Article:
Late Paleozoic-Mesozoic tectonic evolution of SW Japan: a review -Reappraisal of the accretionary orogeny and revalidation of the collisional model

Abstract : This paper makes a review of the interpretations of the tectonic evolution of SW Japan during the last three decades. In the late 1970s, the dominant model was the so-called "Pacific-type orogeny", emphasizing the purported absence of nappes and the contrast with the alpine chains, and interpreting the evolution as due to a steady oceanic subduction since the Paleozoic time. In the 80s, the discovery of the actual structure made of a pile of large thrust sheets led authors to propose collisional models, involving the intermittent underthrusting of buoyant blocks like micro-continents. At the same time, the use of high-resolution biostratigraphy allowed several authors to recognize ancient accretionary wedges, with a reconstructed ocean plate stratigraphy of individual accreted units, especially in the Tanba and Shimanto zones. Also, precise radiometric dating permitted the distinction of metamorphosed units, especially in Sanbagawa and Shimanto belts. As a result of these new data, since the 1990s, the plate tectonic interpretation of the history of the Japanese islands was revised by Japanese scientists and presented again in terms of accretionary processes linked to a steadily oceanic subduction, with an episodic ridge subduction: the so-called "Miyashiro-type orogeny". The review of different data leads to the following conclusions. The structure of SW Japan is made of a pile of sub-horizontal nappes, polydeformed, with a geometry similar to the one encountered in collisional orogens. The geodynamic mechanisms advocated for the tectonic building within the accretionary orogeny concept (Miyashiro-type orogeny) are inappropriate. A permanent oceanic subduction with the intermittent "collision" (actually subduction) of an active ridge or seamount chain is unable to build such structures, as this process induces in fact an acceleration of the tectonic erosion and collapse of the upper plate; the underthrusting of a micro-continent or mature arc is likely needed. The exhumation story of Sanbagawa HP schists suggests the setting of a continental subduction. The petrological and new geochemical data from the literature strongly support the existence, beneath the nappes of accretionary complexes, of continental bodies showing affinities with South China, from which they were once separated. The episodic collision, underthrusting, of such blocks was responsible for the tectonic piling. Tectonic erosion plaid likely a major role in removing material during the intervening subduction stages. A revised geodynamic model, implying the collision of the Honshu, South Kitakami-Kurosegawa, and Shimanto Blocks, is proposed for explaining the three orogenic crises which took place respectively at around 240, 130, and 80-60 Ma ago in SW Japan. The paleogeographic position and affinity of the Hida block with surrounding units, in the hinterland, are still unclear. More work is needed to solve this question.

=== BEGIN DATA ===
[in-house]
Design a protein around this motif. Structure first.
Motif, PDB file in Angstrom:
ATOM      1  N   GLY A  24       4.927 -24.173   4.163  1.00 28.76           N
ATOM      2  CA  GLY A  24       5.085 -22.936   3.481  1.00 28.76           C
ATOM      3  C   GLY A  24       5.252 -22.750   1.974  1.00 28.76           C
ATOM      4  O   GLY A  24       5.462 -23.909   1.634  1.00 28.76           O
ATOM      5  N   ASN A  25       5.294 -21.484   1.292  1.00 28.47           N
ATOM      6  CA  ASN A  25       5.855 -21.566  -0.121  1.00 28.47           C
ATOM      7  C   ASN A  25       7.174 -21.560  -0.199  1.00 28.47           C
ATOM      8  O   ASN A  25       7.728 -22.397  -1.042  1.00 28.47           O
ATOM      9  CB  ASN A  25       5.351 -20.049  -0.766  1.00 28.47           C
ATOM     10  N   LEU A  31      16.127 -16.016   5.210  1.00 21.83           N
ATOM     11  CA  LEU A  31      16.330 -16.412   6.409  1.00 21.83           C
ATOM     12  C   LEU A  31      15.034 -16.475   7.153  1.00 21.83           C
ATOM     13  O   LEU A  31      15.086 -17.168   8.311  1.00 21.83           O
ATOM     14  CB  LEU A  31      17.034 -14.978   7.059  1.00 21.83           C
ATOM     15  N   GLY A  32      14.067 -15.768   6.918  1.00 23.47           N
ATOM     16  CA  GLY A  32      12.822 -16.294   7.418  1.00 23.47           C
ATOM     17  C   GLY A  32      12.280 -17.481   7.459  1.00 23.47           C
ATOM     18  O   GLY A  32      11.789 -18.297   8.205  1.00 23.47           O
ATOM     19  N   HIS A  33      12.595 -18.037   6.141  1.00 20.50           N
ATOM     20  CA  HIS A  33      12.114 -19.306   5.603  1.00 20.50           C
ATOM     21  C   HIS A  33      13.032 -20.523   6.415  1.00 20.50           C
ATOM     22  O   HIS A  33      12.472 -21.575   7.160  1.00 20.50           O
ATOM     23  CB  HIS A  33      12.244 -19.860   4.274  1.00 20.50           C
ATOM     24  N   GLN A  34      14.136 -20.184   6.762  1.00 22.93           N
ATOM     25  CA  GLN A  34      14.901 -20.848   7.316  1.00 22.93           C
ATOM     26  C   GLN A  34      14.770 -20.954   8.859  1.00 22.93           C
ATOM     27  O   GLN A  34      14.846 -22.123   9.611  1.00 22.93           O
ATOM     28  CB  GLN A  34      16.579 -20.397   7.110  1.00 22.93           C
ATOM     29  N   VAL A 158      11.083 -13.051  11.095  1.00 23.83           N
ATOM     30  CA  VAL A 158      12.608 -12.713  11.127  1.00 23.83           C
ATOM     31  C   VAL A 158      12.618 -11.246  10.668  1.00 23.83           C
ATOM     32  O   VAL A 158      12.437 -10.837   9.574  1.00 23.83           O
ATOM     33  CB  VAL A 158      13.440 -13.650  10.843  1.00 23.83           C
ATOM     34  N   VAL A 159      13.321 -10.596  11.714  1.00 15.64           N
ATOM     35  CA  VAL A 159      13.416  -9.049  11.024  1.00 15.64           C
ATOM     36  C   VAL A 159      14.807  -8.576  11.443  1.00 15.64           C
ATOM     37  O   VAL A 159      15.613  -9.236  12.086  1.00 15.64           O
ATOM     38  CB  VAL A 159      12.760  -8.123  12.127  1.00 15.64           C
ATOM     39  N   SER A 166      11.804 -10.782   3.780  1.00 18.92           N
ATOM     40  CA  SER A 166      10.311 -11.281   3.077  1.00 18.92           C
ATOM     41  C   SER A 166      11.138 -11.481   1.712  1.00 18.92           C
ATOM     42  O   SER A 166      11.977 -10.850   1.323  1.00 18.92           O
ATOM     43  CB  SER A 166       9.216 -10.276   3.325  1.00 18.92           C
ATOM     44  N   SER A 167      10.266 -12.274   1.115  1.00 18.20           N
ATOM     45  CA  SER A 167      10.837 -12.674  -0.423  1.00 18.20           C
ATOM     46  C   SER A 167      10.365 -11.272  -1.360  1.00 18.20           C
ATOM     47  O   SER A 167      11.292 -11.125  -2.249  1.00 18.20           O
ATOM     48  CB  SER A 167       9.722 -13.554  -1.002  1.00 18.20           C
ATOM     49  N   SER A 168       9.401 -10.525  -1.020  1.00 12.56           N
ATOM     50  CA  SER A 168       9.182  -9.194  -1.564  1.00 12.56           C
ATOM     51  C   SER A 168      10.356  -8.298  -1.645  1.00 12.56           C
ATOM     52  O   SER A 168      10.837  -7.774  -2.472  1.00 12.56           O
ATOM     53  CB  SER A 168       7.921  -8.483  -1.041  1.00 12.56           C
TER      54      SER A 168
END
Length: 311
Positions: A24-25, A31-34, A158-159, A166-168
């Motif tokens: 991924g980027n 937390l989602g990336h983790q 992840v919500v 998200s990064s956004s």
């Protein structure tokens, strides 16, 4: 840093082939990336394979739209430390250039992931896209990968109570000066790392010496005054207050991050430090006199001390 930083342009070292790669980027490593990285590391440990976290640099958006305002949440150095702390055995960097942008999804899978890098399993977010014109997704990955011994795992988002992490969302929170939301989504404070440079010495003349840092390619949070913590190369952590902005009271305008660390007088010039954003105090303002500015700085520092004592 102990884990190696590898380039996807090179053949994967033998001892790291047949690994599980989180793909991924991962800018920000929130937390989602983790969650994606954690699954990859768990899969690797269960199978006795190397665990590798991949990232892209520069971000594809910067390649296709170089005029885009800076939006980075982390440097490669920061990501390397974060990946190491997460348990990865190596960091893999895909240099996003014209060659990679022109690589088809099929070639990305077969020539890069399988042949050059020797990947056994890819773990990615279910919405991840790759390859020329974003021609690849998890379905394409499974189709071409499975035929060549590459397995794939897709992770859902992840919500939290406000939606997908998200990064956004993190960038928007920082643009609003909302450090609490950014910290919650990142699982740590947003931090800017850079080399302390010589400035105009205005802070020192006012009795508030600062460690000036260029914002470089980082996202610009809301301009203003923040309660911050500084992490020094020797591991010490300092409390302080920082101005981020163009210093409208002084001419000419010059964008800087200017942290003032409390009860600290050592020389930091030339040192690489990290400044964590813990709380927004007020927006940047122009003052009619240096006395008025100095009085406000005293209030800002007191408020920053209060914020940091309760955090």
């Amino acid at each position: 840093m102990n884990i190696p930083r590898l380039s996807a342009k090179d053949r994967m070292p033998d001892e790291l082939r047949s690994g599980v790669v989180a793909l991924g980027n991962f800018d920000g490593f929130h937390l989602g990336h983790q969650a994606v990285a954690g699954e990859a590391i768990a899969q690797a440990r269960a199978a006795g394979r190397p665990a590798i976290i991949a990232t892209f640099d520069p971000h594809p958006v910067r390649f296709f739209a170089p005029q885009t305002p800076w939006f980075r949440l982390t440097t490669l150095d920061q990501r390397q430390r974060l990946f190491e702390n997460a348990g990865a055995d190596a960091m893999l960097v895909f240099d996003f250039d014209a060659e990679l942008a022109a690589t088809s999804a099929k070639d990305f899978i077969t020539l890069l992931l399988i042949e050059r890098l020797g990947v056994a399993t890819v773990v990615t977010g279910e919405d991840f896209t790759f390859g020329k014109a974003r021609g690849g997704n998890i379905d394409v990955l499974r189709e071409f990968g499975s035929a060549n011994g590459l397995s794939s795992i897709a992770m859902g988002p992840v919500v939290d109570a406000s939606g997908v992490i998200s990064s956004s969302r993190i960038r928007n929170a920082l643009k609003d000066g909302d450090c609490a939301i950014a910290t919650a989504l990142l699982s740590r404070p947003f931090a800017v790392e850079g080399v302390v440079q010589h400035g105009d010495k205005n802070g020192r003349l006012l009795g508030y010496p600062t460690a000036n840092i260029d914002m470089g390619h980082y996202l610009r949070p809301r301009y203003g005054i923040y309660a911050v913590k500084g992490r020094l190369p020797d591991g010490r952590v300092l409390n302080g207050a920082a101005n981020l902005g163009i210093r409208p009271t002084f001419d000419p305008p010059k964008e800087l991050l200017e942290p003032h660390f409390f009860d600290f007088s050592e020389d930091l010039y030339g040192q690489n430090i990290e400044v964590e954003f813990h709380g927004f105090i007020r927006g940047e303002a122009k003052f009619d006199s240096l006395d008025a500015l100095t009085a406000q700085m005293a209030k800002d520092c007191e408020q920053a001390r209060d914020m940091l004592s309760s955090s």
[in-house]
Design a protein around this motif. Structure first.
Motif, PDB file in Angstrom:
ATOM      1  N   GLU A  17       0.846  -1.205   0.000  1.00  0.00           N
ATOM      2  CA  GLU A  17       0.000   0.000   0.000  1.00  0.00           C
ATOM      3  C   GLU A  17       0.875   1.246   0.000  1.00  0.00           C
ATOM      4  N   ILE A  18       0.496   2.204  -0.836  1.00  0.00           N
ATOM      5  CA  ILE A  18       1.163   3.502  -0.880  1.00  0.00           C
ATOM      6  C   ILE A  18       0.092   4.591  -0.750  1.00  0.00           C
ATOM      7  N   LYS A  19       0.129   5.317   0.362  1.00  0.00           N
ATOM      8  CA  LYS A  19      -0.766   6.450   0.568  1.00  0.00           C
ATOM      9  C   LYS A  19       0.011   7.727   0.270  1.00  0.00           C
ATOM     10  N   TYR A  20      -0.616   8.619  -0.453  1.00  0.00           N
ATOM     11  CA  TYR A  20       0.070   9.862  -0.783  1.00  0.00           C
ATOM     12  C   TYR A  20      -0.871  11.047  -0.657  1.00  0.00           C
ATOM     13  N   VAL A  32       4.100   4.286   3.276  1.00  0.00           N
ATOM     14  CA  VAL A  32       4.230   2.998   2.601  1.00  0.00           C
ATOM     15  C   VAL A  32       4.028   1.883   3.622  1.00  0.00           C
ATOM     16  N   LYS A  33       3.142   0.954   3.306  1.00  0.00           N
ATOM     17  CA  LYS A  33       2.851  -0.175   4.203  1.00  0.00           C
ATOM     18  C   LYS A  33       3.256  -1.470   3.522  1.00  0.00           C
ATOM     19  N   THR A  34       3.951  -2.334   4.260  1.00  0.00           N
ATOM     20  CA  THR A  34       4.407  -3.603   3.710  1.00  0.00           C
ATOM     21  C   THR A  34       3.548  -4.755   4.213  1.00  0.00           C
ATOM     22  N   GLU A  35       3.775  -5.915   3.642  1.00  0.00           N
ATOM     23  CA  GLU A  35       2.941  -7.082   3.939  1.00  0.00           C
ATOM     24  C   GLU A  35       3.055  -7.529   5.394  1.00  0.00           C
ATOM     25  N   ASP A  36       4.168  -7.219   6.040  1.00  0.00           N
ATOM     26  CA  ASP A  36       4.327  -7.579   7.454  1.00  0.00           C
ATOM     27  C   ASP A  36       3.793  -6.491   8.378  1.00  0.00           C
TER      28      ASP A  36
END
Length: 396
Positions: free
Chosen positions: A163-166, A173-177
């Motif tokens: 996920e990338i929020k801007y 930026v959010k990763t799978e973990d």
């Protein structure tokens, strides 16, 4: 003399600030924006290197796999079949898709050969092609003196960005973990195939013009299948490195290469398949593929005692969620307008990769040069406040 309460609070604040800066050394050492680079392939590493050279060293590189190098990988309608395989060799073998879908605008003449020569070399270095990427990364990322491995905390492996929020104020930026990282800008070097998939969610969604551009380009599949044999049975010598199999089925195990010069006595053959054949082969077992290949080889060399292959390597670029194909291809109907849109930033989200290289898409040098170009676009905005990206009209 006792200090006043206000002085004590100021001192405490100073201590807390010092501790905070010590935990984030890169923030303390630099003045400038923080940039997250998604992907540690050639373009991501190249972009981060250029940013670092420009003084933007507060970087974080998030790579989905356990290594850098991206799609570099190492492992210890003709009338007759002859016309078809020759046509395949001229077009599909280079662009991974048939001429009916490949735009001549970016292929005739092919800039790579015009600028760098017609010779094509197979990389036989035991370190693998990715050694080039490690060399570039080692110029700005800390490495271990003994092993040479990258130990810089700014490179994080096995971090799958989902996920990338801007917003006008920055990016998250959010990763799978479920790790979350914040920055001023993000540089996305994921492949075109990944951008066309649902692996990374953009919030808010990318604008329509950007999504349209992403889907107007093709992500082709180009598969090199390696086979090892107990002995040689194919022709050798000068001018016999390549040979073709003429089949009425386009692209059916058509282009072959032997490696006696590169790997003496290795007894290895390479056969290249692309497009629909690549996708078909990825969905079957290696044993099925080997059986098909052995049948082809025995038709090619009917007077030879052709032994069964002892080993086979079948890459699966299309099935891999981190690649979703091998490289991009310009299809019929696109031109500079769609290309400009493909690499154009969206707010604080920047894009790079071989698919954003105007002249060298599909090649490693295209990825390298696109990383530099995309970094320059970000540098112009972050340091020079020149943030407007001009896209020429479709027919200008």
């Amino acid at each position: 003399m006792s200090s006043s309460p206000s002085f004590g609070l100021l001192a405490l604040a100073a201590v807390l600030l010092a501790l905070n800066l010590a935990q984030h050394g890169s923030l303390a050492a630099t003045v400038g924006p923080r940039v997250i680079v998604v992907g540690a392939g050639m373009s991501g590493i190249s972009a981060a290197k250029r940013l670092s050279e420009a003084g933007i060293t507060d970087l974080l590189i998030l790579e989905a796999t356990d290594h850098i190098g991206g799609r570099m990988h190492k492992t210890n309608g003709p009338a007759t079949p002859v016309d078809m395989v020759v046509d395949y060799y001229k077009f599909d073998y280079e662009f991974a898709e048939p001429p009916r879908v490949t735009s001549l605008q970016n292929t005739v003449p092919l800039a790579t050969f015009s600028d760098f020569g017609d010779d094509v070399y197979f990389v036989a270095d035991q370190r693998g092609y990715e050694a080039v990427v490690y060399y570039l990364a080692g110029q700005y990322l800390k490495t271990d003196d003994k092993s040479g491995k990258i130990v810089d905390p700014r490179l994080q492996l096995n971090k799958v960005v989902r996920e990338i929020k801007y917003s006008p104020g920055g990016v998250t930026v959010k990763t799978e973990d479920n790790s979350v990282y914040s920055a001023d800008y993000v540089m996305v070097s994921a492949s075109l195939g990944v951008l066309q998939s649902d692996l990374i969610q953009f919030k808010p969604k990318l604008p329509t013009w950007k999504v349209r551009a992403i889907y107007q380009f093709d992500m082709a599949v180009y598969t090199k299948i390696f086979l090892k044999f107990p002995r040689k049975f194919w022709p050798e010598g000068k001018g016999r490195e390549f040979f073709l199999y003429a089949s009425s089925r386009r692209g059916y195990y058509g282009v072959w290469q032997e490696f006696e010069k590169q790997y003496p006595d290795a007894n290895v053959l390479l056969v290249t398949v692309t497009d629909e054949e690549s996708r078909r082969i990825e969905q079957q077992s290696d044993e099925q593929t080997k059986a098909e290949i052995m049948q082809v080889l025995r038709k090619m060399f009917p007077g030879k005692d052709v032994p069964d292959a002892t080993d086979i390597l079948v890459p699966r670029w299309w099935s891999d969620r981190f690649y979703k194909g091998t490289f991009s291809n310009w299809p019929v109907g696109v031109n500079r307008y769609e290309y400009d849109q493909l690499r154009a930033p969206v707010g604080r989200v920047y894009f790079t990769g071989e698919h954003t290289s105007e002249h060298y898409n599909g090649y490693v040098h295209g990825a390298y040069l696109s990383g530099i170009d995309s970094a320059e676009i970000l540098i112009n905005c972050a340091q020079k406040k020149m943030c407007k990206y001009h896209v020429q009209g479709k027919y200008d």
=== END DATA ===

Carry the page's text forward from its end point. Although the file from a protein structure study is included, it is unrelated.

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Jacques Charvet. Late Paleozoic-Mesozoic tectonic evolution of SW Japan: a review -Reappraisal of the accretionary orogeny and revalidation of the collisional model. Journal of Southeast Asian earth sciences, Elsevier, 2013, 72, pp.88-101. ⟨10.1016/j.jseaes.2012.04.023⟩. ⟨insu-00699988⟩

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